And then, in verse 7, he looked at the past, “I have fought the good fight; I have finished the course, I have kept the faith.” Perfect tense verbs, in each case describing completed action in the past with present results. Actually, the Greek order is, I think, more emphatic, “The good fight I have fought; the course I have finished; the faith I have kept.” In each case, the object is placed before the verb so the emphasis is there.

This is how he looked at ministry: a fight, a course, and a faith, a body of truth, a race to run, a battle to fight. Wouldn’t it be great like this to look back over your life and have no regrets? No sadness? No sense of unfulfillment? No feeling of incompleteness? To look back and not have any view of the smallest thing left undone. He faces death with what I think is a holy satisfaction, triumphant in a life work completed. He couldn’t tell what the future was going to be. Nobody can. But that wasn’t his. The future belonged to somebody else. His life had belonged to him, and that was the only sphere in which he could exercise his faithfulness. I can’t think of any more glorious way to leave this world than like that.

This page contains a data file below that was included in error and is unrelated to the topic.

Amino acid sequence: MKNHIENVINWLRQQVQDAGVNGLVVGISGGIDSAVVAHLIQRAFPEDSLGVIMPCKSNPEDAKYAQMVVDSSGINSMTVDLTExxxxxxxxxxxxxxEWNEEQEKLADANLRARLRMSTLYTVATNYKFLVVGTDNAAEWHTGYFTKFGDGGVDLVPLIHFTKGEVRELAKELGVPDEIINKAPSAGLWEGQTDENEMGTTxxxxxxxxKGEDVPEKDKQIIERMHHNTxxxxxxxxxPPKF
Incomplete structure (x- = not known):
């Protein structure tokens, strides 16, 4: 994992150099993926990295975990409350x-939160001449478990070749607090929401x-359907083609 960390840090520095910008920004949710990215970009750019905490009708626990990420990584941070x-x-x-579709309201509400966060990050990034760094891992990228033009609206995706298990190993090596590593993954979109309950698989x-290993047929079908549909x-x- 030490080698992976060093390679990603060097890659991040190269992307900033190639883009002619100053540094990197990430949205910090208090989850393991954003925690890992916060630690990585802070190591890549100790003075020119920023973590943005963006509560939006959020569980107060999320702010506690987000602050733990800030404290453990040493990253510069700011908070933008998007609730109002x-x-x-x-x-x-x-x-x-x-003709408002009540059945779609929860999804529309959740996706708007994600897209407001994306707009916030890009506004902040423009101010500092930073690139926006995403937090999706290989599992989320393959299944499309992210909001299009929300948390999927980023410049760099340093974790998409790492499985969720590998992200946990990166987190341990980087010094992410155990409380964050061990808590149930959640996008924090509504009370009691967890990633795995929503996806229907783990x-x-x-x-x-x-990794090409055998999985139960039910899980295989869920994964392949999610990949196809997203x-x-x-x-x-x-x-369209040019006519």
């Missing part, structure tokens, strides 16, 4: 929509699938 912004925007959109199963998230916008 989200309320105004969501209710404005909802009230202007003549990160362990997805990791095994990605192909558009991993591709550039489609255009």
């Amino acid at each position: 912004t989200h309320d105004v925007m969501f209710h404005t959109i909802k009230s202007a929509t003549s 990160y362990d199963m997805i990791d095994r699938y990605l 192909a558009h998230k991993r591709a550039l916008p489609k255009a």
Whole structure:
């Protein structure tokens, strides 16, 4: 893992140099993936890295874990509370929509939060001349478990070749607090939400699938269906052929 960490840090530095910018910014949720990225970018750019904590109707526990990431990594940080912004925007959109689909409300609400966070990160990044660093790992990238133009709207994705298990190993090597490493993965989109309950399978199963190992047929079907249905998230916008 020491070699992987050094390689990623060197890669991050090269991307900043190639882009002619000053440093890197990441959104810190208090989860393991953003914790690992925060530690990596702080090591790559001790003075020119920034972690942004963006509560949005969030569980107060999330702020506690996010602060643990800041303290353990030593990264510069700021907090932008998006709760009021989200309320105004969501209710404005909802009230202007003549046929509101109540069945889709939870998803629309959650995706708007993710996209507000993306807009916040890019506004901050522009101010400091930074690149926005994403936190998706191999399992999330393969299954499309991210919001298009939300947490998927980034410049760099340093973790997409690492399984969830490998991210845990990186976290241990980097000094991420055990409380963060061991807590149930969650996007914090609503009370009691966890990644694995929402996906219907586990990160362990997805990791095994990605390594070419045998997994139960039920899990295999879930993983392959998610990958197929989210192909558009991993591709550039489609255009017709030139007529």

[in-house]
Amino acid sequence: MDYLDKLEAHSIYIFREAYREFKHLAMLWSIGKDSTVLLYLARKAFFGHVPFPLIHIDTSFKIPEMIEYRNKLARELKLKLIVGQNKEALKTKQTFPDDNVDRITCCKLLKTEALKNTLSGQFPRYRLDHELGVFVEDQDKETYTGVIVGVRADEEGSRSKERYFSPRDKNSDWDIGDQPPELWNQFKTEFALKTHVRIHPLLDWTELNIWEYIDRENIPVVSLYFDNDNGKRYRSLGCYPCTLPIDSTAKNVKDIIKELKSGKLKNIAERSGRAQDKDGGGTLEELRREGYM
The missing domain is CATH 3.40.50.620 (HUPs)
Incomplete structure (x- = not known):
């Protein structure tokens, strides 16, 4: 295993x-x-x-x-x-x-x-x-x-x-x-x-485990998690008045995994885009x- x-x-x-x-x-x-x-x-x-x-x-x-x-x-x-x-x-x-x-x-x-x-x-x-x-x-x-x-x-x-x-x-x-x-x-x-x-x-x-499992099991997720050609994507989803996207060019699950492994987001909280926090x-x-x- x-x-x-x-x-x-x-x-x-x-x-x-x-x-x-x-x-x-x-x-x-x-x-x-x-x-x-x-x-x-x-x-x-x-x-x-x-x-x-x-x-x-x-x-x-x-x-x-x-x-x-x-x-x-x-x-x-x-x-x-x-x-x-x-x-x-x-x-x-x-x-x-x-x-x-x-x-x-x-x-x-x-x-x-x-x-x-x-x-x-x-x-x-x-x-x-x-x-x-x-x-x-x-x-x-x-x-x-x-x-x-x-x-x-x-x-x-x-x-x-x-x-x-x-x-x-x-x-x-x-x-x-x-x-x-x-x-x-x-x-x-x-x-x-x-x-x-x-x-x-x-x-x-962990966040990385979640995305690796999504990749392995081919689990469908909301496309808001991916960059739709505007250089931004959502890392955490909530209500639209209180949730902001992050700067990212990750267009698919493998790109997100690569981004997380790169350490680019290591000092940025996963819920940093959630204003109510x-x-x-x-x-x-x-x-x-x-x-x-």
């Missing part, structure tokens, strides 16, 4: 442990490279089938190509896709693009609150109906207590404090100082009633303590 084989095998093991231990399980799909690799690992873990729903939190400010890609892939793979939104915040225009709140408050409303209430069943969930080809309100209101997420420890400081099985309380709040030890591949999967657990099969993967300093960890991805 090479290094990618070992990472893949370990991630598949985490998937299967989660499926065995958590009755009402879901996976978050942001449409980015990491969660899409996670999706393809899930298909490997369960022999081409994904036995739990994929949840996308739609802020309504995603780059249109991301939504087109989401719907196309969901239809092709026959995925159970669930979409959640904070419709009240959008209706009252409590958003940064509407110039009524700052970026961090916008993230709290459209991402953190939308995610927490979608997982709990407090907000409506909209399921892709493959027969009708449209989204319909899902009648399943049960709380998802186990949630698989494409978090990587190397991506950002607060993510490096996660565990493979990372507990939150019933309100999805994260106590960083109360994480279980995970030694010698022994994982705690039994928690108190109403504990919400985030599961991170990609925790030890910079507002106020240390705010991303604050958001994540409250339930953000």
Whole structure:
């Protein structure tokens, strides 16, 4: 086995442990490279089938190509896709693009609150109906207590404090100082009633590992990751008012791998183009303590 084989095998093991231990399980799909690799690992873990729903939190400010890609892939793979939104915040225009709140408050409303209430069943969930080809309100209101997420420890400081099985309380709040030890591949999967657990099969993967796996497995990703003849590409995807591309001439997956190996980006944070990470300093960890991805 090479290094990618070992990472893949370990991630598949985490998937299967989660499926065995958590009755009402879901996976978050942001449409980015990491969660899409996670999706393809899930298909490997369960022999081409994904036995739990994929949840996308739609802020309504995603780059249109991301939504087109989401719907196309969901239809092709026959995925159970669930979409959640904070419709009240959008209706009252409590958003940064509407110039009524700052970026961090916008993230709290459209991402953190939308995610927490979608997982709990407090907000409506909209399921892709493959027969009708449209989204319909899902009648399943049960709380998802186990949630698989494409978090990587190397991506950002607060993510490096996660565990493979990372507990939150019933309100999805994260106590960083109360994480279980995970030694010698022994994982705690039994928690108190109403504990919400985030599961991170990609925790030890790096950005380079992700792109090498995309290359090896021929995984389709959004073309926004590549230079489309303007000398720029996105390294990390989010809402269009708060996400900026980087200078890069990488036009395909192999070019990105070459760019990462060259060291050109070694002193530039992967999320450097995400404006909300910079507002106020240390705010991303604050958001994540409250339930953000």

I don’t know how you think about death. I think most people think about death in the terms of the physical reality of death. They think about, “Oh, boy, I hope I don’t have a heart attack. So, I’m jogging, jogging, jogging; I’m eating bran; I’m doing whatever I’m doing to protect my heart, protect my heart.” I mean a tremendous amount of effort in that.

“I don’t want to die of cancer, so I’m getting scanned. I’m scanned all the time.”  You’re having so many scans it’s going to give you cancer.

“I’ve got to protect myself. I don’t want to eat anything that’s going to do anything to mess up my body. I’ve had this balance kind of thing. I’m thinking of becoming a vegetarian. I don’t want to eat any carbons that come through cooked meat, and I’m worrying about all of that.” And making sure that you do everything – sometimes people anticipate that. You know? They look down the road, and they see themselves with cancer. And because you see it in others, you sort of project it to yourself. And wouldn’t it be horrible to have a lingering and long death, and you worked so hard...